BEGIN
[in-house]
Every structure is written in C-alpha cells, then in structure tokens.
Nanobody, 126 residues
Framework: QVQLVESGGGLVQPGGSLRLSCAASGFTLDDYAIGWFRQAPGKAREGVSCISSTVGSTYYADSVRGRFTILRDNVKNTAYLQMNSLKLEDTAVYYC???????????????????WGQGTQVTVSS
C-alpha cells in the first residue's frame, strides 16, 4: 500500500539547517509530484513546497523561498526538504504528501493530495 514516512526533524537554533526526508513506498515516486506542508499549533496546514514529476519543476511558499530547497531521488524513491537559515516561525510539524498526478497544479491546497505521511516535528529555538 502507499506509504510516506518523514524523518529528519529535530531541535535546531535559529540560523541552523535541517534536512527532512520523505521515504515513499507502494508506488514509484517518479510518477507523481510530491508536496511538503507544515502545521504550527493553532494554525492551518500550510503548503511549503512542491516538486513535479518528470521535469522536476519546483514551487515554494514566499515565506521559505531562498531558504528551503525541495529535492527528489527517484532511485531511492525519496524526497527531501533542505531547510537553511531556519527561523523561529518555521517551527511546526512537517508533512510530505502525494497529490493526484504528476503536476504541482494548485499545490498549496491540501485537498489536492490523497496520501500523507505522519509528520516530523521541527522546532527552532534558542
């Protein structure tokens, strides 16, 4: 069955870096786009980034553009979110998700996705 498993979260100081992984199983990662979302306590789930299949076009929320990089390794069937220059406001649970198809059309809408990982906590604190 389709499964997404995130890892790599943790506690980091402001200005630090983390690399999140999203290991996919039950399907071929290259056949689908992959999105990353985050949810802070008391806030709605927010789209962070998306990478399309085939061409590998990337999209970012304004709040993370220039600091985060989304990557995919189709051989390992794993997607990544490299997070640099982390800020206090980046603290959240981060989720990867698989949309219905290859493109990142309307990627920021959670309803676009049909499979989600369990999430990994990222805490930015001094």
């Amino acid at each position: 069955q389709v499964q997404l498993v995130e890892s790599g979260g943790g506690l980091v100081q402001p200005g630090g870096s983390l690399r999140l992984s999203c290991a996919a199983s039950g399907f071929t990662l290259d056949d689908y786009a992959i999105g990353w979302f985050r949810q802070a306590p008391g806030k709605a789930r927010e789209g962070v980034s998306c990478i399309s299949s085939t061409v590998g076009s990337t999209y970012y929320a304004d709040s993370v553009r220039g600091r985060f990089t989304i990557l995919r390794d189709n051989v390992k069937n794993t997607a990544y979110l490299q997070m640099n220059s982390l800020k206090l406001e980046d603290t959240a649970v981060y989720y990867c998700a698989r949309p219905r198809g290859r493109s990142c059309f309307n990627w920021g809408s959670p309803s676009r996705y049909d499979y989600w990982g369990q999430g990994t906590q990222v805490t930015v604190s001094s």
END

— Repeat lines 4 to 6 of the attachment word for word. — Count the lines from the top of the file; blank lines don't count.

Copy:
Framework: QVQLVESGGGLVQPGGSLRLSCAASGFTLDDYAIGWFRQAPGKAREGVSCISSTVGSTYYADSVRGRFTILRDNVKNTAYLQMNSLKLEDTAVYYC???????????????????WGQGTQVTVSS
C-alpha cells in the first residue's frame, strides 16, 4: 500500500539547517509530484513546497523561498526538504504528501493530495 514516512526533524537554533526526508513506498515516486506542508499549533496546514514529476519543476511558499530547497531521488524513491537559515516561525510539524498526478497544479491546497505521511516535528529555538 502507499506509504510516506518523514524523518529528519529535530531541535535546531535559529540560523541552523535541517534536512527532512520523505521515504515513499507502494508506488514509484517518479510518477507523481510530491508536496511538503507544515502545521504550527493553532494554525492551518500550510503548503511549503512542491516538486513535479518528470521535469522536476519546483514551487515554494514566499515565506521559505531562498531558504528551503525541495529535492527528489527517484532511485531511492525519496524526497527531501533542505531547510537553511531556519527561523523561529518555521517551527511546526512537517508533512510530505502525494497529490493526484504528476503536476504541482494548485499545490498549496491540501485537498489536492490523497496520501500523507505522519509528520516530523521541527522546532527552532534558542
């Protein structure tokens, strides 16, 4: 069955870096786009980034553009979110998700996705 498993979260100081992984199983990662979302306590789930299949076009929320990089390794069937220059406001649970198809059309809408990982906590604190 389709499964997404995130890892790599943790506690980091402001200005630090983390690399999140999203290991996919039950399907071929290259056949689908992959999105990353985050949810802070008391806030709605927010789209962070998306990478399309085939061409590998990337999209970012304004709040993370220039600091985060989304990557995919189709051989390992794993997607990544490299997070640099982390800020206090980046603290959240981060989720990867698989949309219905290859493109990142309307990627920021959670309803676009049909499979989600369990999430990994990222805490930015001094």